Q5. What are the factors which are drivers of change in Business? Briefly discuss the phases of planned change and their importance and how to overcome resistance to change. Solution: The Corporate Executive Board's Corporate Strategy Board has identified 10 major factors that will likely have significant impact across industries and how businesses can best position themselves to prepare. 1. Consumer preferences will remain "reset" based on values, not price While consumers will buy less, their buying behavior will be dictated by how well products "align to their values," rather than price. Companies should learn to anticipate unarticulated market needs and translate consumer preferences into product offerings. 2. Energy costs will continue to increase in the medium term In the long term, new energy regulations could fundamentally affect the basic profit structure of many companies, especially those in energy-intensive businesses. Companies that invest in energy efficiency and prepare for supply chain ripples will be better positioned for future. 3. U.S. tax policy could erode the competitive positioning of U.S. companies The United States' tax handicap increases, relative to emerging markets, may render U.S. multinationals noncompetitive from a margin perspective. As a result, companies should keep repatriation top of mind and play in higher-margin markets. 4. Innovation happens for emerging market consumers, not in emerging markets To spark new growth streams, companies will increasingly conduct "reverse" innovation developing products in emerging economies and versioning these products for sale in home markets. The best-positioned companies will push innovation practices to be truly global and facilitate seamless idea flow across their organization and network. 5. A new return to vertical integration gains traction Recent volatility has created urgency for firms to re-internalize sensitive and strategically activities that were once trusted to third parties. To integrate vertically, companies should scour their "extended enterprise" value network for important assets that could be at risk and internalize them. 6. Industry shifts create competitive shifts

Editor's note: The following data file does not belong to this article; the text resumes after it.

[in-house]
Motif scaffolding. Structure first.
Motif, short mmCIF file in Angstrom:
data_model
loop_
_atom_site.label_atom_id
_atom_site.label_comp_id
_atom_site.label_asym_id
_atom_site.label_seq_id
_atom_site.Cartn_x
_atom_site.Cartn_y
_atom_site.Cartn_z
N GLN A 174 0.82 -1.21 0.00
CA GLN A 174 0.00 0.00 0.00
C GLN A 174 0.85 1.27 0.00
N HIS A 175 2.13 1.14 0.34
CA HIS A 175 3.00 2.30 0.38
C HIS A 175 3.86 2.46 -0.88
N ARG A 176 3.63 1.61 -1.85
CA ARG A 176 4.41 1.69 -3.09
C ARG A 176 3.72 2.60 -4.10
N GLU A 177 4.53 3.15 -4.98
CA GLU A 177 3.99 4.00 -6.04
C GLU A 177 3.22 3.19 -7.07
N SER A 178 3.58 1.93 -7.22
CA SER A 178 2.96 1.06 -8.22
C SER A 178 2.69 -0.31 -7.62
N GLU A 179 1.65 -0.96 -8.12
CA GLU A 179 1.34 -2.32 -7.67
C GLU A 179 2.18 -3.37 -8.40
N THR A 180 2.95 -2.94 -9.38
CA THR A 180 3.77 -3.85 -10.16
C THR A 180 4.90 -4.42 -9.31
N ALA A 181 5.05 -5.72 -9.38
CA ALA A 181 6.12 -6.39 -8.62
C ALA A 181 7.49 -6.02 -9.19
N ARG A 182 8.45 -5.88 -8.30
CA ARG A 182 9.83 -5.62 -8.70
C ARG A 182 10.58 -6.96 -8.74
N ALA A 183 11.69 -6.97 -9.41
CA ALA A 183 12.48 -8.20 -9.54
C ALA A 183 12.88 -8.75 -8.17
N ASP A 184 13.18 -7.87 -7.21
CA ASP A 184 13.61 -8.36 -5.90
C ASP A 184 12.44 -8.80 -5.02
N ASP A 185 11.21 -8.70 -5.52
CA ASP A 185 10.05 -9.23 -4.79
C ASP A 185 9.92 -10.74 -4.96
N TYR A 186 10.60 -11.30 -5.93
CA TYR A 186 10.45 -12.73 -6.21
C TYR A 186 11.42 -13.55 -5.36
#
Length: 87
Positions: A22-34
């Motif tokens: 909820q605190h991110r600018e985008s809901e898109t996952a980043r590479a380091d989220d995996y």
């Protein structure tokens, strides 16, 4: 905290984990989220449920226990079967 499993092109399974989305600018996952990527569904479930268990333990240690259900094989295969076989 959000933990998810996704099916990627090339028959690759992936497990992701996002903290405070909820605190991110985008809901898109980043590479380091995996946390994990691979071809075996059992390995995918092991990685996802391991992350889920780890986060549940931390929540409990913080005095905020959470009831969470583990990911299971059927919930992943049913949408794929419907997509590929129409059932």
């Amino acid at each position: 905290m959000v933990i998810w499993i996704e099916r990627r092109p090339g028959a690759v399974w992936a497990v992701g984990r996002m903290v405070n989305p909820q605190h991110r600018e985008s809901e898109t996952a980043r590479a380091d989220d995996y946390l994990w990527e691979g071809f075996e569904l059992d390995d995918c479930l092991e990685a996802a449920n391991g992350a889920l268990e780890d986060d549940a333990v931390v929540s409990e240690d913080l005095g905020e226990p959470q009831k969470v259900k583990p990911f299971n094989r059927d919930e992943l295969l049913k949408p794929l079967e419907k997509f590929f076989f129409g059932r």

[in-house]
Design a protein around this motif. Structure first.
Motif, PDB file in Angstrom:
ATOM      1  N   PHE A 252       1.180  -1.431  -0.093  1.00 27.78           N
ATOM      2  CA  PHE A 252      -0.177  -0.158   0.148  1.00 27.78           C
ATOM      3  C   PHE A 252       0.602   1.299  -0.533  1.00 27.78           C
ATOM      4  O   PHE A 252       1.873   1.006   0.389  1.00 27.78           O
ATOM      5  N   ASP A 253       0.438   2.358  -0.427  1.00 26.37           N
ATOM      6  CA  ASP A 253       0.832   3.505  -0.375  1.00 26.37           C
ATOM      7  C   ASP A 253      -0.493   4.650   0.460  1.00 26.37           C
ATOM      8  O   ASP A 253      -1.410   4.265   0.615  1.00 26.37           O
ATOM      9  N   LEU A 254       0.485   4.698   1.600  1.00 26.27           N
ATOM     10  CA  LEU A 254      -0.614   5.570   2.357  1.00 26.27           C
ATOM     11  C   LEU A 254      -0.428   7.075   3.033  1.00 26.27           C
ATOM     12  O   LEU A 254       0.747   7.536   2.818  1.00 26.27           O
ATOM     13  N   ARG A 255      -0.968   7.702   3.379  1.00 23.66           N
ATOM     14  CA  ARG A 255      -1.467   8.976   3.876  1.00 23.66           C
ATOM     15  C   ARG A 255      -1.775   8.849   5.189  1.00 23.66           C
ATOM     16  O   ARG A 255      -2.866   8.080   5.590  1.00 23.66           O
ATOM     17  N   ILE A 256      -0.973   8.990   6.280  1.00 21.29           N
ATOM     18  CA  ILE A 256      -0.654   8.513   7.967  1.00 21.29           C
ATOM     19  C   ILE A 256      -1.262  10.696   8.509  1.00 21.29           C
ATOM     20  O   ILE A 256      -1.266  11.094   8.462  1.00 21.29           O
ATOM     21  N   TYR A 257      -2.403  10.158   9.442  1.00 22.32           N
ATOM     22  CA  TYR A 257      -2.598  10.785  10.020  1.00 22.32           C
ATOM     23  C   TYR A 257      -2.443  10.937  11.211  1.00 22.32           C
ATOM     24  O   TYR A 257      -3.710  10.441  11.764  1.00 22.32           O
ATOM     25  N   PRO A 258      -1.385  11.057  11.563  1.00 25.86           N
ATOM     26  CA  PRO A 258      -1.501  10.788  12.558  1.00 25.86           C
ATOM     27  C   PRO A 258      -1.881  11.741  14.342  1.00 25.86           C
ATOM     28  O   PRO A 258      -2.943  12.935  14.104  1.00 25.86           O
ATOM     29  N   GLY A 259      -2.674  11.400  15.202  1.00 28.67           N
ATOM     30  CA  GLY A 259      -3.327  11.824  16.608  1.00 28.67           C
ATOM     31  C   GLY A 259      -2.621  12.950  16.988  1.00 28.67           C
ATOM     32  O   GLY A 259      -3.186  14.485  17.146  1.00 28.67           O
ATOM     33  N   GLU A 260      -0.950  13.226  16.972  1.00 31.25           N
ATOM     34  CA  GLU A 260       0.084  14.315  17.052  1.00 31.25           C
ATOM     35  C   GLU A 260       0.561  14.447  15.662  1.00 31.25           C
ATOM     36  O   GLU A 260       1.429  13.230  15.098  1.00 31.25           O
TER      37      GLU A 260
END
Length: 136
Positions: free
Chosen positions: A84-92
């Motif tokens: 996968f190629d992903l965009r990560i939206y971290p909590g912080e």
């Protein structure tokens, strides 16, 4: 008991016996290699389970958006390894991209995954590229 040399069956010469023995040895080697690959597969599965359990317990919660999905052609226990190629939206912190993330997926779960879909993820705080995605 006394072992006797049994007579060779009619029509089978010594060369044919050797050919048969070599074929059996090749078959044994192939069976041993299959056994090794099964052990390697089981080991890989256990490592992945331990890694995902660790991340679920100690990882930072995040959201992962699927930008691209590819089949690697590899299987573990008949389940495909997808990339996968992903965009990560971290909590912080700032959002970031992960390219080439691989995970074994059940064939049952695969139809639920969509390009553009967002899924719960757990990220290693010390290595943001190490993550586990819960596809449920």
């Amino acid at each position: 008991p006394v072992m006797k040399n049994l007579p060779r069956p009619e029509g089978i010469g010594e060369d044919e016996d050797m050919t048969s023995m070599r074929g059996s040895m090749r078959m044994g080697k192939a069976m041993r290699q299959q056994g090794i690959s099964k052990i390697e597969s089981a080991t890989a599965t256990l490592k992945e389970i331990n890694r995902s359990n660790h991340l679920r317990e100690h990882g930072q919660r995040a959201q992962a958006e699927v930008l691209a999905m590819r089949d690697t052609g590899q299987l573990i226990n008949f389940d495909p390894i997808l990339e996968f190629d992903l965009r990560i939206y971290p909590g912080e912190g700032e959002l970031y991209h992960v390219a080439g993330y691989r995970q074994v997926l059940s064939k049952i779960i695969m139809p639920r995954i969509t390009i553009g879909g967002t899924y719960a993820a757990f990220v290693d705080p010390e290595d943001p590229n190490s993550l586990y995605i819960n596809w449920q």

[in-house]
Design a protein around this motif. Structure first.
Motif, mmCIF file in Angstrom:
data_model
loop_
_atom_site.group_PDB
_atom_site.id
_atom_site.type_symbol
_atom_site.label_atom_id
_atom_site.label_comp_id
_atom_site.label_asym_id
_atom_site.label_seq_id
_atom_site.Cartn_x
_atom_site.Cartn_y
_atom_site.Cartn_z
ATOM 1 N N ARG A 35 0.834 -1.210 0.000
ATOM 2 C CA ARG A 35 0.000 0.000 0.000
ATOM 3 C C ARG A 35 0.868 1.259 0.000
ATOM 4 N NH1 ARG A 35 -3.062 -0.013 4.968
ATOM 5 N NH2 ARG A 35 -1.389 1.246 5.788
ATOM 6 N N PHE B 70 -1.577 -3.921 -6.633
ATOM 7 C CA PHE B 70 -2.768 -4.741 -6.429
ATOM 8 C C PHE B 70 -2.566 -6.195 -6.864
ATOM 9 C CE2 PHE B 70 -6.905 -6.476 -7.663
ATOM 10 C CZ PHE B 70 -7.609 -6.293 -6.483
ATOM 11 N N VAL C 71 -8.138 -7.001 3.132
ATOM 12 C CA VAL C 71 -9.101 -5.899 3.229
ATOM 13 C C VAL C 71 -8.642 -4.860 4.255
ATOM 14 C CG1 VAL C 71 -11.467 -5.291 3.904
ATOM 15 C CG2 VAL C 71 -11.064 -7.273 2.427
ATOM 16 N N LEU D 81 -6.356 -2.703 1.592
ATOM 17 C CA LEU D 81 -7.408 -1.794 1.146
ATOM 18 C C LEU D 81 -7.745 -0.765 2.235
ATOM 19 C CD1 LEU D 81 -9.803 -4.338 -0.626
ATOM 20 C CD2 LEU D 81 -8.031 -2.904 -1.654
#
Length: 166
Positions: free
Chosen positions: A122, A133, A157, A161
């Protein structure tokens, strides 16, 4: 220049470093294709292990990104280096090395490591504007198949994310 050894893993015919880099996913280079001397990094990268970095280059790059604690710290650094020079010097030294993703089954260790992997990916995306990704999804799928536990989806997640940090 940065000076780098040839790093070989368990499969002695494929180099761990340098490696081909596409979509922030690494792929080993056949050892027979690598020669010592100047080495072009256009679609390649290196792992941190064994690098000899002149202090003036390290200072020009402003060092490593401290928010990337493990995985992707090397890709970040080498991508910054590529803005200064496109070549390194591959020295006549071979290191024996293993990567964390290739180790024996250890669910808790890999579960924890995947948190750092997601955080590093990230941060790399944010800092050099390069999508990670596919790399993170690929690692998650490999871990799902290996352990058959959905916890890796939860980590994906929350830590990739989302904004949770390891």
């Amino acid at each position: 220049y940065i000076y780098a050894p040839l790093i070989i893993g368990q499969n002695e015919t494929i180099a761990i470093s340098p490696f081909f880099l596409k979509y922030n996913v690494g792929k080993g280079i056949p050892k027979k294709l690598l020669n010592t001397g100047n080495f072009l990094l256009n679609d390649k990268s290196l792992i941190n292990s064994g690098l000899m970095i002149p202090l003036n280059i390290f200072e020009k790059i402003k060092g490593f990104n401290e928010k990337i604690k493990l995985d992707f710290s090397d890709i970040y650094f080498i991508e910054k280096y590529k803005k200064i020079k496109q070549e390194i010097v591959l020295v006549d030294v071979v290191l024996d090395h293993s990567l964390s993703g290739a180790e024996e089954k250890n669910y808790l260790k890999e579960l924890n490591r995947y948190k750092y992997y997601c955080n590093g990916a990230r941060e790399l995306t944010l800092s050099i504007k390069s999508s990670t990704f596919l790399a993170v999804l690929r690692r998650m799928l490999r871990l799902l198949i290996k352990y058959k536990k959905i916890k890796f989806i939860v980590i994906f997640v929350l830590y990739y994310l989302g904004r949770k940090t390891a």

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As competitive playing fields change, companies must be prepared to compete with new players in new ways. To evolve with the market, companies must reassess their core competencies and markets and use scenario planning to identify nontraditional competitors. 7. Increases in information requires more judgment from decision makers Executives have been buried under a flood of information for years, but the exponential growth in data systems continues to exacerbate this trend. As a result, companies should look to cultivate and exploit asymmetries in high-quality information and build robust information filters based on unbiased judgment and experience. 8. Markets reward long-term strategic focus Investors (and boards) will grow skeptical over the long term of companies that rely on share buybacks to boost stock price, rather than demonstrate a strong long-term growth strategy. To avoid this, align senior executive performance objectives to longer-term corporate strategy objectives. 9. Economic recovery won't mean recovery for everyone Some companies will have experienced such damage from the economic downturn that they will not be able to successfully recover as the economy does. Companies that closely monitor the health and performance of their suppliers, partners, and customers will be able to guard against business disruptions. 10. A new war for talent commences Corporate Executive Board data shows that 25% of high-potential talent have expressed interest in leaving their companiesup 13% from non-recessionary periods. Companies must develop high-potential employee engagement plans and maintain robust pipelines of quality talent in in order to win the coming talent war.